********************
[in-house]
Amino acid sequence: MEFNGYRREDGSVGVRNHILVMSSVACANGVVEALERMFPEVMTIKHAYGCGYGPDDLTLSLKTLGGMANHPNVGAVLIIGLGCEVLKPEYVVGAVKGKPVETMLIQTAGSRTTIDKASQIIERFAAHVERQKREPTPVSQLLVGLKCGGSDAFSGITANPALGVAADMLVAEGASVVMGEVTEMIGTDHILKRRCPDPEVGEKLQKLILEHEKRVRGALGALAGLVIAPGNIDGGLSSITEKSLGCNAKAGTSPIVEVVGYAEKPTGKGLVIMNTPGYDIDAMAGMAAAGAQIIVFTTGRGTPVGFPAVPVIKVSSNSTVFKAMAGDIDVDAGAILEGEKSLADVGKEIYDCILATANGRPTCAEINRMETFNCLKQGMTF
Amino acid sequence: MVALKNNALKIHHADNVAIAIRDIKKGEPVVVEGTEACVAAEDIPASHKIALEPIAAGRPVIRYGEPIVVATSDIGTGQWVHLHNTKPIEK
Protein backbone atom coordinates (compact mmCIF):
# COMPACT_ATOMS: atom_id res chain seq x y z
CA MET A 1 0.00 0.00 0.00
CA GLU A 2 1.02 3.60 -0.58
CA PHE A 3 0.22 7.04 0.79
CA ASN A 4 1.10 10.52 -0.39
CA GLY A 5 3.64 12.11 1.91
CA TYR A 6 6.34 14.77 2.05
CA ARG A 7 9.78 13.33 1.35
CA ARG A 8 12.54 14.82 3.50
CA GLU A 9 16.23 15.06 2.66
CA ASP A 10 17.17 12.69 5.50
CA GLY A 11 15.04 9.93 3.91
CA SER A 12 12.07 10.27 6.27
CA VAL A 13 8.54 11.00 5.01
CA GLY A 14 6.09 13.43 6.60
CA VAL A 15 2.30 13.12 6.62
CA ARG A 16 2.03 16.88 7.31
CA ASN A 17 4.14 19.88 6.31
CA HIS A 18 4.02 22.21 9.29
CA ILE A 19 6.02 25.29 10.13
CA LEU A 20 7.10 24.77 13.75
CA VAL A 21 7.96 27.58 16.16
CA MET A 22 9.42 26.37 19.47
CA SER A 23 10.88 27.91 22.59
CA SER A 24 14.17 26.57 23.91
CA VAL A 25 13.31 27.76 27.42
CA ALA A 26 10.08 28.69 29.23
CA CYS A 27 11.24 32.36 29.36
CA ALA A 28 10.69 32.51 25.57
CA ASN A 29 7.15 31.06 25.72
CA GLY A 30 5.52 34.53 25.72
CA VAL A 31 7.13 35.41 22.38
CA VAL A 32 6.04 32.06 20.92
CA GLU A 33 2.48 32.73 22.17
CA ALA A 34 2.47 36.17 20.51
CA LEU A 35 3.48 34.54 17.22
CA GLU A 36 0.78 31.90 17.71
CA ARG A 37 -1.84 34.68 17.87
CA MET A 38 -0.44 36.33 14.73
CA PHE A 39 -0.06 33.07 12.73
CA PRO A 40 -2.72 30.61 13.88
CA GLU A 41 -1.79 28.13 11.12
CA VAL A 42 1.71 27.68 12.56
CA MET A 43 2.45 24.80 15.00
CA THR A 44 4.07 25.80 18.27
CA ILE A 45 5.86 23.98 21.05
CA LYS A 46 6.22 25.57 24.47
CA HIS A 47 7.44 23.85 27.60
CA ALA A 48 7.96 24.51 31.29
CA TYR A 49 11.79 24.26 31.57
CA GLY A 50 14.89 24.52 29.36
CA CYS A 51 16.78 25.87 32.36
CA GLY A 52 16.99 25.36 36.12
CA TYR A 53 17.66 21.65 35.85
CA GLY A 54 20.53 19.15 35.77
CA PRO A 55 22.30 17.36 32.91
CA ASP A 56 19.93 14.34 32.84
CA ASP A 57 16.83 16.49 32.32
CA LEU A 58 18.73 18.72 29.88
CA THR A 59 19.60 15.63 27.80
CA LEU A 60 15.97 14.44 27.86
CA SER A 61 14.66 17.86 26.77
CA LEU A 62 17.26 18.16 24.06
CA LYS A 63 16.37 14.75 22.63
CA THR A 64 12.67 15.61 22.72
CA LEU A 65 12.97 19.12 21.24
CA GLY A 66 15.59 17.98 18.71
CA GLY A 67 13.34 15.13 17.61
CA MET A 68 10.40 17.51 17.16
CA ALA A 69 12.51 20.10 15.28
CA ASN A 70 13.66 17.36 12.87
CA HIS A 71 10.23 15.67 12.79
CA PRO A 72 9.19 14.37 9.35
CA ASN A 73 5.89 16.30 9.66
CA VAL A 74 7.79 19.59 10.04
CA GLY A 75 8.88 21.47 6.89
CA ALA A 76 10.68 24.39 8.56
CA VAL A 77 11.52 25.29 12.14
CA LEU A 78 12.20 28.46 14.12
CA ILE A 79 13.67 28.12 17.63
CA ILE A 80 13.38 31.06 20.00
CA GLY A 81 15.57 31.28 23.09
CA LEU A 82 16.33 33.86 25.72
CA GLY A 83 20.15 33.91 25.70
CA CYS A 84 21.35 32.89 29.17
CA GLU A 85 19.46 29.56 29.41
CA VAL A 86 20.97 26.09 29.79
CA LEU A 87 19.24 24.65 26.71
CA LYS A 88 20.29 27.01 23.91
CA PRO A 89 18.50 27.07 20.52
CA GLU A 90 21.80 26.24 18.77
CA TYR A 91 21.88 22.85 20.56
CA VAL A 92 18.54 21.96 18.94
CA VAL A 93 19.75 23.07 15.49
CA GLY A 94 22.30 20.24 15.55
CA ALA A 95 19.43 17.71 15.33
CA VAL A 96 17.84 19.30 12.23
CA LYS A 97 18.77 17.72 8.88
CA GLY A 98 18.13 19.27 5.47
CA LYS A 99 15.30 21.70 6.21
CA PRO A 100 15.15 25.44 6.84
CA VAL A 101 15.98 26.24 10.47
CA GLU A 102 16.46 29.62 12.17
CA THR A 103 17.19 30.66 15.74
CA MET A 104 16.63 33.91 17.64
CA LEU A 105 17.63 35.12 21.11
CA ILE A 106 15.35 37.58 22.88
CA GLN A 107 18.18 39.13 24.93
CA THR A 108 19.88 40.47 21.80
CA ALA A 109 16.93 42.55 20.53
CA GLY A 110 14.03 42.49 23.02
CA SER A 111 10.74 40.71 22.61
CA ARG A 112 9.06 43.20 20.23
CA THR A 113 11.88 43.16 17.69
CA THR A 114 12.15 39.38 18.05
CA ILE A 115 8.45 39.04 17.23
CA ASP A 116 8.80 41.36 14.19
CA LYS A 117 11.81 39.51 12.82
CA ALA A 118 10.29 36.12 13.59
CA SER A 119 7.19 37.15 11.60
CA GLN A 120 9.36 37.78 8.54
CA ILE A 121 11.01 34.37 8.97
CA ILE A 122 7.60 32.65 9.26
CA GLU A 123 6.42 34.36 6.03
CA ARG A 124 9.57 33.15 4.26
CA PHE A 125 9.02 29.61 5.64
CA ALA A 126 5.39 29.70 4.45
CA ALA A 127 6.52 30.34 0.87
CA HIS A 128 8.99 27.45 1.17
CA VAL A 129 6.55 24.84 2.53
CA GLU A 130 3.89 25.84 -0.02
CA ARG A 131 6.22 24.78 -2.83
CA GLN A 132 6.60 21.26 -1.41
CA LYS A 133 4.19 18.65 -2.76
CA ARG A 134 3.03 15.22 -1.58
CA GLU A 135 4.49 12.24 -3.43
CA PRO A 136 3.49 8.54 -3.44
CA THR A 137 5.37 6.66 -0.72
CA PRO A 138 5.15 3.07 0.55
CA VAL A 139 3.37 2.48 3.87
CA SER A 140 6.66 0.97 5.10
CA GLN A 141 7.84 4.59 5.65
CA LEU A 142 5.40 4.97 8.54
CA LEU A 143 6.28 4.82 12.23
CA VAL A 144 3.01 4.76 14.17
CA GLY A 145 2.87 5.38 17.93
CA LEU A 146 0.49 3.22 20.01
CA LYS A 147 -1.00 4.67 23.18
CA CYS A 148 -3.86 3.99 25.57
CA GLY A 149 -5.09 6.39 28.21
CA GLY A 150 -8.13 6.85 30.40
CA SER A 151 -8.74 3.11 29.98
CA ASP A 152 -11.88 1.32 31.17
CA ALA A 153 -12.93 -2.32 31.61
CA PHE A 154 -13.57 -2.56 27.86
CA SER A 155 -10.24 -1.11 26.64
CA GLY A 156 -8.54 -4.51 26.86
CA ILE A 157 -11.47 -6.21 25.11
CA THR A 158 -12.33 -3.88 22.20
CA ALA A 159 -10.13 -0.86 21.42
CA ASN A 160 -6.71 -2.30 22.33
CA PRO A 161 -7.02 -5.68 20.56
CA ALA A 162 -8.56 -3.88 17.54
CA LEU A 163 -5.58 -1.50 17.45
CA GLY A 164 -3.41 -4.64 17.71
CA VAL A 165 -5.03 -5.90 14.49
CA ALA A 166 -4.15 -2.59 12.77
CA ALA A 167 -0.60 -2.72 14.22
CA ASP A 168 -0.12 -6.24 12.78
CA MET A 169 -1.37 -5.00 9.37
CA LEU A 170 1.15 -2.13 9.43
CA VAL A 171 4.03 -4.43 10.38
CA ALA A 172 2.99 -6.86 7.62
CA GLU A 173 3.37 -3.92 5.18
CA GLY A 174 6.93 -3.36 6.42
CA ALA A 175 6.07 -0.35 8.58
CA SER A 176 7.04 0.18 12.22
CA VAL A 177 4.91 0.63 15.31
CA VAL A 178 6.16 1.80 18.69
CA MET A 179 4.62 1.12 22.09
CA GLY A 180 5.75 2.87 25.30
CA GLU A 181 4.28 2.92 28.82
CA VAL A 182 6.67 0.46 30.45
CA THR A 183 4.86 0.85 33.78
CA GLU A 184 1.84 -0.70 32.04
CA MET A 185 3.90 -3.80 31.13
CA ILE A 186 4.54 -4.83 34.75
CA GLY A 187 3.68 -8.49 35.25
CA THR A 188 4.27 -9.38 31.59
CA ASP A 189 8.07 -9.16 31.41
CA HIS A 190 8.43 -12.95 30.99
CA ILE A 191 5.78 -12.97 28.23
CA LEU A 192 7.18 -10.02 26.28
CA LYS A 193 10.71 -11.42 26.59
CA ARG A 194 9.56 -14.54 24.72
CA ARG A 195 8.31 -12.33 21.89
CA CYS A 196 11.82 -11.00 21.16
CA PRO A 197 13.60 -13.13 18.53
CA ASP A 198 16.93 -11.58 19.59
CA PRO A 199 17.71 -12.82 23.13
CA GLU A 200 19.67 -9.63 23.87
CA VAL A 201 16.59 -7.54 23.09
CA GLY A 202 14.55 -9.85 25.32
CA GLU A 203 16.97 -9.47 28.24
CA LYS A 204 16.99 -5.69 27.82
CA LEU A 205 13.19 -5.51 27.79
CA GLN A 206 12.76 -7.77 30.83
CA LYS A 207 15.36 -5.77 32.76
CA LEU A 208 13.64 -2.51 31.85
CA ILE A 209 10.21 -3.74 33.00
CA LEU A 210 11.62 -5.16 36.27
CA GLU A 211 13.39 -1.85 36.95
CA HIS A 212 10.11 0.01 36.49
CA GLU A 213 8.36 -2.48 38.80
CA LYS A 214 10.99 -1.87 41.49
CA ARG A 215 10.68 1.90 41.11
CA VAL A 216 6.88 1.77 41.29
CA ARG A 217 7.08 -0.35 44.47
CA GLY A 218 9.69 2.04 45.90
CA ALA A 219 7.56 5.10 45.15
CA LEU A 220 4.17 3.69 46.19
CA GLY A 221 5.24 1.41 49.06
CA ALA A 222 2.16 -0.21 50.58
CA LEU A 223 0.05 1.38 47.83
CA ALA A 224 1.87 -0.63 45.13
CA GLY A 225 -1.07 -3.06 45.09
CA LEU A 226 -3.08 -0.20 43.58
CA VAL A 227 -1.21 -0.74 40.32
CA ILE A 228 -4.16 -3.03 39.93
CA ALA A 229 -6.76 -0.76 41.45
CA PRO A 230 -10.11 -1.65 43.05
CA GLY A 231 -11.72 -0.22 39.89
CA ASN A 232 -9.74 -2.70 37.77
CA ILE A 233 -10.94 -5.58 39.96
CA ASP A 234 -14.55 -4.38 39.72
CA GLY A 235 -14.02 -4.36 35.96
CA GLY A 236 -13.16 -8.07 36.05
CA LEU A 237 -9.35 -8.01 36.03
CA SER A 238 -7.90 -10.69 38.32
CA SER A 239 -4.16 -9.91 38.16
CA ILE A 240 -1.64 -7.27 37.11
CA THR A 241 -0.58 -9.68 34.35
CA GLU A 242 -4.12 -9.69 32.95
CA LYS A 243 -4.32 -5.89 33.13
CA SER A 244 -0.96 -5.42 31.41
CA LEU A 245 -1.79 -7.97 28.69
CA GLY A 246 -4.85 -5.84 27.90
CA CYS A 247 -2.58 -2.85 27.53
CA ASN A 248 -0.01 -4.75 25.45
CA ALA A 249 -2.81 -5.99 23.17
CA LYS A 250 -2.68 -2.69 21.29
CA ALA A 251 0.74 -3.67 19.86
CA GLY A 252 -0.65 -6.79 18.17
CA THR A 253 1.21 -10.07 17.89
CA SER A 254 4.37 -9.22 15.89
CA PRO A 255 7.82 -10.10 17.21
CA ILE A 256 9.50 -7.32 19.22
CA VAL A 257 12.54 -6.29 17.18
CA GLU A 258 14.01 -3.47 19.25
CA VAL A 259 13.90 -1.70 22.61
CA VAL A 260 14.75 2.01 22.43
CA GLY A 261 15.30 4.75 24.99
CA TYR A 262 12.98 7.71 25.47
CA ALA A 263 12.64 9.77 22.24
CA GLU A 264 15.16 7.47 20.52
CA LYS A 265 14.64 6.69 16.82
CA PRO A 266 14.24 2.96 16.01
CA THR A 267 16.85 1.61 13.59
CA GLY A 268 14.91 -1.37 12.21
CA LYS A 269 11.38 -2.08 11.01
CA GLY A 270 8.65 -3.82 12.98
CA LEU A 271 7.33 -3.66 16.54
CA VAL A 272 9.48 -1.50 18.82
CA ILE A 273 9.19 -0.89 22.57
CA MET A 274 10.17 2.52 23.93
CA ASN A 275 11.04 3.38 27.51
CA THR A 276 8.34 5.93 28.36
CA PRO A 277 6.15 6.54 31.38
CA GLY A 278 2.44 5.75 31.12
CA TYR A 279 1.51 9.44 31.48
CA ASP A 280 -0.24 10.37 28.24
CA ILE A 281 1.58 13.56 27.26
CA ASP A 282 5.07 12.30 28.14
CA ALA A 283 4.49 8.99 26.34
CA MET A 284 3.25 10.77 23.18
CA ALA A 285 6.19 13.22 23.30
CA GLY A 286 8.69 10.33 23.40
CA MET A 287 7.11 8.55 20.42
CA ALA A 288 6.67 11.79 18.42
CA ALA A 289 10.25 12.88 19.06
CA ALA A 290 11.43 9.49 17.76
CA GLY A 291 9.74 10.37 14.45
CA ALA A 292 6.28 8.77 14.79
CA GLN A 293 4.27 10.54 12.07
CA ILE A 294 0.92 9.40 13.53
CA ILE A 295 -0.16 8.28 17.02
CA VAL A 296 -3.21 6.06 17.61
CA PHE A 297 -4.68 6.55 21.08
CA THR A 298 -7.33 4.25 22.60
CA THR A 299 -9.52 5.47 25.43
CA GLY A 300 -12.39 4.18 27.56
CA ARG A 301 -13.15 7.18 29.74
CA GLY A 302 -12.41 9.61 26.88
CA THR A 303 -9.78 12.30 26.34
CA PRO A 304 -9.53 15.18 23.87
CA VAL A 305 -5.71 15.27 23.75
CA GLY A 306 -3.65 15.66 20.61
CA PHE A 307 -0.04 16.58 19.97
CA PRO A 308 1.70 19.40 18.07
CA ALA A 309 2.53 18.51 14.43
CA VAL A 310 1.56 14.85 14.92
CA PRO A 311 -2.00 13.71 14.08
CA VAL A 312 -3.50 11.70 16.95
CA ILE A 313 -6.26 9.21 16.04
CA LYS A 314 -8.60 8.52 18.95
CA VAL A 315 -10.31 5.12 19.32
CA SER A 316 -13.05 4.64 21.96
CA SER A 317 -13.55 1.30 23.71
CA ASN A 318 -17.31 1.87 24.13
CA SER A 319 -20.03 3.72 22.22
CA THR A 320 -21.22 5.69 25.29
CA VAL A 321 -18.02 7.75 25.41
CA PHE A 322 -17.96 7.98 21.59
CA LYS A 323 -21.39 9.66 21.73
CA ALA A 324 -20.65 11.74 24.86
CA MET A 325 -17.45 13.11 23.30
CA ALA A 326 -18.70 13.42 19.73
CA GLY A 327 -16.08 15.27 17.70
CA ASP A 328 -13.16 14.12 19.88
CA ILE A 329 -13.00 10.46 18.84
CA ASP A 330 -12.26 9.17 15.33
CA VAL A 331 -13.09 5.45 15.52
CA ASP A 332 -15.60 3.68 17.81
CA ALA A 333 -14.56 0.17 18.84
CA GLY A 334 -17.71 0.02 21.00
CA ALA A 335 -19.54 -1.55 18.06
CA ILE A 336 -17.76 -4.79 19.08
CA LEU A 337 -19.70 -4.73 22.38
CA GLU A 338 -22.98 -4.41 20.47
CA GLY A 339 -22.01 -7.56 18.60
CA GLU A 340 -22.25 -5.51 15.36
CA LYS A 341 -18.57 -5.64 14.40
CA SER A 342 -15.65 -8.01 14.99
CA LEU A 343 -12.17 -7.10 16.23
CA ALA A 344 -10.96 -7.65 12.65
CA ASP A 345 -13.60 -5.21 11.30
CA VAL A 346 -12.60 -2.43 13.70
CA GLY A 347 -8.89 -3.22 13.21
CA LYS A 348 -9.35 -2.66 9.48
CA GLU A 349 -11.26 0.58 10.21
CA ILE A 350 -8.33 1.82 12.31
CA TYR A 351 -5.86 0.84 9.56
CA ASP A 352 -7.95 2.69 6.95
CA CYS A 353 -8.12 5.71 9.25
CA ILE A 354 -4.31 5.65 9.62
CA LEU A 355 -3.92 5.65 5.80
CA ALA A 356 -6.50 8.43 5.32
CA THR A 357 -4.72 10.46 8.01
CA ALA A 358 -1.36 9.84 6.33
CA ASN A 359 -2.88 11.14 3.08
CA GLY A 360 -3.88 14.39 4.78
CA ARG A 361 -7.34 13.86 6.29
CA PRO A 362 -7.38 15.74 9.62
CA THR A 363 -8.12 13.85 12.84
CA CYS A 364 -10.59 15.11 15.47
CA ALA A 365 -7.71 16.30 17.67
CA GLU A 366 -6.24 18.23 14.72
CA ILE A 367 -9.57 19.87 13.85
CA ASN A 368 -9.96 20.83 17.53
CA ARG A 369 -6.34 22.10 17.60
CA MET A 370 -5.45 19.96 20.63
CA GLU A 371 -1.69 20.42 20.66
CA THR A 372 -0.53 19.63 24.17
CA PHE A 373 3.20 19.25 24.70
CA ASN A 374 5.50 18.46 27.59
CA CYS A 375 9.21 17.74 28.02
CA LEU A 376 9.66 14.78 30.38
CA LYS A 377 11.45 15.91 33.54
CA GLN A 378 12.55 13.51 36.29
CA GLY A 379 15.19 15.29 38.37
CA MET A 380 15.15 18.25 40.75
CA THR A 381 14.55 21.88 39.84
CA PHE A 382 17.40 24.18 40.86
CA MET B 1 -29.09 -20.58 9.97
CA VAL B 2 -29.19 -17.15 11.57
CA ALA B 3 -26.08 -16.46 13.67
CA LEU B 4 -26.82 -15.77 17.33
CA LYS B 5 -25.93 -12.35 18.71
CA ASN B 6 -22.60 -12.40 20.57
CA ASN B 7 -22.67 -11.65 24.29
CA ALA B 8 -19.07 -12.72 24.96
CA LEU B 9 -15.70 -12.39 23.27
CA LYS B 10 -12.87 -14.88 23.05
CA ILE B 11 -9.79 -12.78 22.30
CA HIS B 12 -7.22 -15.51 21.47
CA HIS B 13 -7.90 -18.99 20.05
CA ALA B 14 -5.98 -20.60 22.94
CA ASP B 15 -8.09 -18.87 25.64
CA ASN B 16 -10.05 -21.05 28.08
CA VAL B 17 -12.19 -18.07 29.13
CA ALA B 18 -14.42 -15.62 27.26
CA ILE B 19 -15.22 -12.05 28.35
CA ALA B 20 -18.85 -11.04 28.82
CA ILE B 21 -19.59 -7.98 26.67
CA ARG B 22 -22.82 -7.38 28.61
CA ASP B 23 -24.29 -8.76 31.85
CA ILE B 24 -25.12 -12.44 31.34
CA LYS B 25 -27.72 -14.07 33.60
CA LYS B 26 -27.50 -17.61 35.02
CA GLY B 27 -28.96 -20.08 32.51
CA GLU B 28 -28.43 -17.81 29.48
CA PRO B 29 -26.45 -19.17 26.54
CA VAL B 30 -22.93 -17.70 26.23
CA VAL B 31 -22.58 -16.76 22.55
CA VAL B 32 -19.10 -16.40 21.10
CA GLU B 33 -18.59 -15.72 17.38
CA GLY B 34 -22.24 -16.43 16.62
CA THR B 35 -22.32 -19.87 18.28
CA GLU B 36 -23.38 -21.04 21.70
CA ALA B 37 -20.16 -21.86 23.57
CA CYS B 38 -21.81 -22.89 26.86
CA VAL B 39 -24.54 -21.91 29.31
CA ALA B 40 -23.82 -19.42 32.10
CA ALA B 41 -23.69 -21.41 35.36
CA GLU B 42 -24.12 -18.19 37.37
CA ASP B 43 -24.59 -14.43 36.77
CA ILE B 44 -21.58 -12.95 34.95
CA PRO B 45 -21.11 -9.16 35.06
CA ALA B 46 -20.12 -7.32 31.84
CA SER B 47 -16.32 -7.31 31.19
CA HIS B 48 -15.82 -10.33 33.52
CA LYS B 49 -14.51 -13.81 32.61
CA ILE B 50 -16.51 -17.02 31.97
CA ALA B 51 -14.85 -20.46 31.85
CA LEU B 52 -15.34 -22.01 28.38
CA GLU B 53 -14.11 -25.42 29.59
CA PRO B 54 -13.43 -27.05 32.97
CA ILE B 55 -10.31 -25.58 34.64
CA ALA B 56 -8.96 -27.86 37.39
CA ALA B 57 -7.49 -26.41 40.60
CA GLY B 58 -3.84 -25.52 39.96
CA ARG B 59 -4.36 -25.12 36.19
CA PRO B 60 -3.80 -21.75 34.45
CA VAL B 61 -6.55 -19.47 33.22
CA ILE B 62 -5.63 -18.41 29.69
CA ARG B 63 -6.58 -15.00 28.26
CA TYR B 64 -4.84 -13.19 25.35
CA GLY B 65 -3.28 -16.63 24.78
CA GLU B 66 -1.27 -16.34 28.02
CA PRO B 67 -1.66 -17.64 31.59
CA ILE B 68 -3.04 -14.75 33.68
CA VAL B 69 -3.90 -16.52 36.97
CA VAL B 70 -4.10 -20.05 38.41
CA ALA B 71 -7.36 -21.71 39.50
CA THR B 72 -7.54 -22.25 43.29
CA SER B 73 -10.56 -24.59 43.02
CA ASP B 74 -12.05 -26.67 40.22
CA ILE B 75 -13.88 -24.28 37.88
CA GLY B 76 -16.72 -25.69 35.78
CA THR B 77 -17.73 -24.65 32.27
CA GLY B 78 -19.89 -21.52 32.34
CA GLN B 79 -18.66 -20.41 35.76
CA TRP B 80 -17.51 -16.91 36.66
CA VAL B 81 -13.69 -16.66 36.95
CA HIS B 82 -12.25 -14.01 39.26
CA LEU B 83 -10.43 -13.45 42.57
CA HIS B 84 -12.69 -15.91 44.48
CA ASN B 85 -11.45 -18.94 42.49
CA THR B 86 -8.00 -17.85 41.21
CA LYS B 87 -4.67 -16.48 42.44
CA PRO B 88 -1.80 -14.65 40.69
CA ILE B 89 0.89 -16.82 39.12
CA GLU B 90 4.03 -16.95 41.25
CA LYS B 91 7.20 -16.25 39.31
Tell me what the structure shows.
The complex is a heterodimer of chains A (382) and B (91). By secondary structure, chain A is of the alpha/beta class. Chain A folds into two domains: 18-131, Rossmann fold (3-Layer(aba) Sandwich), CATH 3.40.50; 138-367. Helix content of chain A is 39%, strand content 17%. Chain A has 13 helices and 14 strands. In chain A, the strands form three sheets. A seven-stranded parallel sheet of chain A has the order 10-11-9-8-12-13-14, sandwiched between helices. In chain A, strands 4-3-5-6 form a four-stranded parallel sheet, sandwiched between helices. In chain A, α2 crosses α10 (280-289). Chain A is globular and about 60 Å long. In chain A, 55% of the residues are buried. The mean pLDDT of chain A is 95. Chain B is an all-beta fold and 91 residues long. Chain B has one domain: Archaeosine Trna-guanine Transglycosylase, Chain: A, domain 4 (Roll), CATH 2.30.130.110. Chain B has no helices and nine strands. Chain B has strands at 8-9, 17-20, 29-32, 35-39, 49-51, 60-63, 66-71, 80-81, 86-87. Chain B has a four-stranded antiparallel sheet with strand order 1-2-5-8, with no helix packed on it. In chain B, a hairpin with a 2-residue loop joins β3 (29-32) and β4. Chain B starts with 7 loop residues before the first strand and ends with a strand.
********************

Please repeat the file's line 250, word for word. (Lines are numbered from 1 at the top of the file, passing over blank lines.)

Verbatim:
CA LEU A 245 -1.79 -7.97 28.69